Tuesday, June 12, 2012

The Middling Depression


Paul Krugman won the Nobel Prize for economics and then became a hard-left blogger for the New York Times. The other day, however, he went seriously off-message by admitting that Mr. Obama's Great Recession is perhaps something more serious, to wit: a Depression. Not nearly as bad as the Great Depression of the 1930s, but bad enough. Let's call it the Middling Depression:
Economist Paul Krugman had bad news for liberals Netroots Nation on Saturday. During his keynote speech the New York Times columnist admitted that the United States economy was suffering a depression. "We don't have a formal definition, I'd say that a Depression is when things are down, when things are terrible for an extended period of time," Krugman said, reminding them that were even "official" periods of recovery during the Great Depression. "So it is again today," he said. "It's not as bad as the Great Depression - there's a winning slogan," he added cynically. "Not as bad as the Great Depression, but it's incredibly awful."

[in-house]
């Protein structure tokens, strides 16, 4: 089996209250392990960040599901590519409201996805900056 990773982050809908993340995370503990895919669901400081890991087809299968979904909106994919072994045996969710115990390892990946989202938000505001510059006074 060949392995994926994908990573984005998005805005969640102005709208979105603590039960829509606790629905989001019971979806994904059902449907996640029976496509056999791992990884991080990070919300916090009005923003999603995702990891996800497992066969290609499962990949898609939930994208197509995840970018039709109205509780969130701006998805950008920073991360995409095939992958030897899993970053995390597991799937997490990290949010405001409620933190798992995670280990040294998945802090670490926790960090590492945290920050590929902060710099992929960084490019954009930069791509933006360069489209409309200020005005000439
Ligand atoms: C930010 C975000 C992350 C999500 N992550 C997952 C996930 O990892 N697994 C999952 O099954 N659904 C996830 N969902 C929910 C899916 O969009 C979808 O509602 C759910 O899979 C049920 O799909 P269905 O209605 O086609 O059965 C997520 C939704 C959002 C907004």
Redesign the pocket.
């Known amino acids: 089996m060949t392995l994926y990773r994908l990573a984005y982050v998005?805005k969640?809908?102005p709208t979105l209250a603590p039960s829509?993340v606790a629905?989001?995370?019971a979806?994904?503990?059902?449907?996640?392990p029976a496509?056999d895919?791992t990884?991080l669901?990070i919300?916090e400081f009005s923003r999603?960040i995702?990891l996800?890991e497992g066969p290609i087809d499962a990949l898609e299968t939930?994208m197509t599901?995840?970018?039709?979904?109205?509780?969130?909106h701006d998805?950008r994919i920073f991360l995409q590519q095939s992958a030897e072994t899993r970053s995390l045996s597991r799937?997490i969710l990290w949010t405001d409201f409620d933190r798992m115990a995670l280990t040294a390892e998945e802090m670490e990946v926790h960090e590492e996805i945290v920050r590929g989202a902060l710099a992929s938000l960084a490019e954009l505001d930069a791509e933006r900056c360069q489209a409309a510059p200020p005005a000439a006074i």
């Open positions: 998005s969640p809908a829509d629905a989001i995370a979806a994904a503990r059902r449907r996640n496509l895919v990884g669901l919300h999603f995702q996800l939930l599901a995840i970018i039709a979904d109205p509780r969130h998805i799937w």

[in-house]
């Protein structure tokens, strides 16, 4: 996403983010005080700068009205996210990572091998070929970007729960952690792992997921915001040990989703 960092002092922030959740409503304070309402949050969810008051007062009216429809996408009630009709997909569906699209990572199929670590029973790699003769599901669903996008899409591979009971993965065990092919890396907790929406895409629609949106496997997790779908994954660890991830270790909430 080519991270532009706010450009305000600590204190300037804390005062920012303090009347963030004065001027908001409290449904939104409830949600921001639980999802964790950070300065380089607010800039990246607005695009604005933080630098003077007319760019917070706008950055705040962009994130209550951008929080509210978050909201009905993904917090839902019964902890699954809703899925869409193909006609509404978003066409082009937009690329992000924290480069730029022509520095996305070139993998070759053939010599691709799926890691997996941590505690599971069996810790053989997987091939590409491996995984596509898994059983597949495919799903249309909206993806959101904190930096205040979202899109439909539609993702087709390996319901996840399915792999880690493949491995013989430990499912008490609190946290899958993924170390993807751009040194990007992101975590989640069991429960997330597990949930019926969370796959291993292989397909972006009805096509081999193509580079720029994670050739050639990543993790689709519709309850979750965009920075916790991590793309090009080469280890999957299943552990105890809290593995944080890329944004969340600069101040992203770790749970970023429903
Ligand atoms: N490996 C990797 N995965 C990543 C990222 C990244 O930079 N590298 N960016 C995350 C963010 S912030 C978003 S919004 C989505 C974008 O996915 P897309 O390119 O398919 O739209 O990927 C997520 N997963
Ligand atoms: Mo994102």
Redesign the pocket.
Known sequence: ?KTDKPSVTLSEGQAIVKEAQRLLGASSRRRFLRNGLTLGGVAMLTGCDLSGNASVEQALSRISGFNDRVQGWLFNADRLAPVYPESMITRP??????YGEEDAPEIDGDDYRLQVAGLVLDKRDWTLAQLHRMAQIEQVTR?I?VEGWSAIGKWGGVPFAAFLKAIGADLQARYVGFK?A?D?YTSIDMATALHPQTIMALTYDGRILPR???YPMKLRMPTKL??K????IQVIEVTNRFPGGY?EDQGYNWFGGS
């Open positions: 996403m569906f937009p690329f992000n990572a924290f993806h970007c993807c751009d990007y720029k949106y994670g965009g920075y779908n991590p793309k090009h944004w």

In the 1930s, Americans kept re-electing the incumbent, who kept doing the same things over and over again. It's yet to be seen if we have learned anything in the past seventy-five years. Blue skies! -- Dan Ford

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